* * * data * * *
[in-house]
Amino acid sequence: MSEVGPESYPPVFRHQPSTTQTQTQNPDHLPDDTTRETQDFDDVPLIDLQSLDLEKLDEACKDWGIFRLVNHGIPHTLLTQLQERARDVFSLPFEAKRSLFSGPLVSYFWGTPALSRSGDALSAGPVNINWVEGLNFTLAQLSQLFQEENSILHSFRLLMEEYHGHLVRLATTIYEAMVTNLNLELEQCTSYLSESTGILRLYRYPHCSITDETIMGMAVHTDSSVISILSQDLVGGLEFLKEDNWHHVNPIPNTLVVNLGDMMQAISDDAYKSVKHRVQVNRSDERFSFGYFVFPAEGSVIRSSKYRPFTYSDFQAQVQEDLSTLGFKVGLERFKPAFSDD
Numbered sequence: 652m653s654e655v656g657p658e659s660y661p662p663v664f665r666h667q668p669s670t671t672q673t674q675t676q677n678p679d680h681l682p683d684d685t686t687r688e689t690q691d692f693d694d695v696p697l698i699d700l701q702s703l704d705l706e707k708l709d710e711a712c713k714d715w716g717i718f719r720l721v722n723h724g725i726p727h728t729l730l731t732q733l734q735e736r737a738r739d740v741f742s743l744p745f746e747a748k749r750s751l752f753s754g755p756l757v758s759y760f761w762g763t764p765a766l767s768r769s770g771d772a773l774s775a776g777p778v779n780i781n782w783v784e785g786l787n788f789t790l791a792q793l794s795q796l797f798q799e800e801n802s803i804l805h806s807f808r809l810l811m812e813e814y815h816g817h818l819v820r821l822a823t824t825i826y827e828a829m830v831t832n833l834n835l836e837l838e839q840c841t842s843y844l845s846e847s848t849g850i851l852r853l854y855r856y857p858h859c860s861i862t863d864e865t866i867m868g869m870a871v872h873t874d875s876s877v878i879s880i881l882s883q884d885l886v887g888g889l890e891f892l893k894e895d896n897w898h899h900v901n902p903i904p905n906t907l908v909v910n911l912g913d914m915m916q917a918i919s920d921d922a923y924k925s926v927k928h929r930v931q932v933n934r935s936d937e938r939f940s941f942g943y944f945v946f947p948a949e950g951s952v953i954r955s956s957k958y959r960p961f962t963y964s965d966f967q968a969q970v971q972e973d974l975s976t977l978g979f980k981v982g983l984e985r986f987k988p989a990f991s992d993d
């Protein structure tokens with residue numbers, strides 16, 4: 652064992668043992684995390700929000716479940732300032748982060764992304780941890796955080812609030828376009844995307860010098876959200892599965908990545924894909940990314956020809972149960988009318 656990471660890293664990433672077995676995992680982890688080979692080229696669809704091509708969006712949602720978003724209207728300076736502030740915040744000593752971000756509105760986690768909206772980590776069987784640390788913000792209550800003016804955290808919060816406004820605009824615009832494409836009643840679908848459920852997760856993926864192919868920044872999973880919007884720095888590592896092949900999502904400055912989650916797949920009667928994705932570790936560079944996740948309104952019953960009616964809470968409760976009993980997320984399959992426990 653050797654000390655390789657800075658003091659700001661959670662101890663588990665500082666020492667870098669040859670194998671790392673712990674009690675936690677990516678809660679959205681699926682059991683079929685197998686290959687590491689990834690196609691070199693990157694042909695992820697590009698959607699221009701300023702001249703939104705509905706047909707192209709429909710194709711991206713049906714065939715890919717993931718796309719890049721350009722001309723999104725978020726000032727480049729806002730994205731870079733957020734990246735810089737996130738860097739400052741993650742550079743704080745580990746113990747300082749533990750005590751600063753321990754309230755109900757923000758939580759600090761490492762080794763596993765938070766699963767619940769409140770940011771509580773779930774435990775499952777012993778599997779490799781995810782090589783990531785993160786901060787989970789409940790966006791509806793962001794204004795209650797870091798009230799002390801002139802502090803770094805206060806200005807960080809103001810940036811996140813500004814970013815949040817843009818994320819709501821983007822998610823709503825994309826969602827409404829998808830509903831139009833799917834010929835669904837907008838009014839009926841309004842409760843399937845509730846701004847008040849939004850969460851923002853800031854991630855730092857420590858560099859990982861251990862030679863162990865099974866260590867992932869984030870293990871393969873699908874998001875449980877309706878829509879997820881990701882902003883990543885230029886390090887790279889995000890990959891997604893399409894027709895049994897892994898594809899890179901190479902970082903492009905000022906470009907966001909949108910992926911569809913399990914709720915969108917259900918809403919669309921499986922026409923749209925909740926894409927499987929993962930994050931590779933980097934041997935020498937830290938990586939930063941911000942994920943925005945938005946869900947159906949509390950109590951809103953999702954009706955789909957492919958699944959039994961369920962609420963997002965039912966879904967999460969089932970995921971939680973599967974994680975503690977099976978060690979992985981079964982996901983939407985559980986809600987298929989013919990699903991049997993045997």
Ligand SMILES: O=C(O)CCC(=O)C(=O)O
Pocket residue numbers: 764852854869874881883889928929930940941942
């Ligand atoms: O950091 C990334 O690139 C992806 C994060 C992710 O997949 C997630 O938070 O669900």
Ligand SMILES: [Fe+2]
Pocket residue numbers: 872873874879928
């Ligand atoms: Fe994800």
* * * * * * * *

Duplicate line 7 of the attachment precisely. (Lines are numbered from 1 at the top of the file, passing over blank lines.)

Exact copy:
């Ligand atoms: O950091 C990334 O690139 C992806 C994060 C992710 O997949 C997630 O938070 O669900």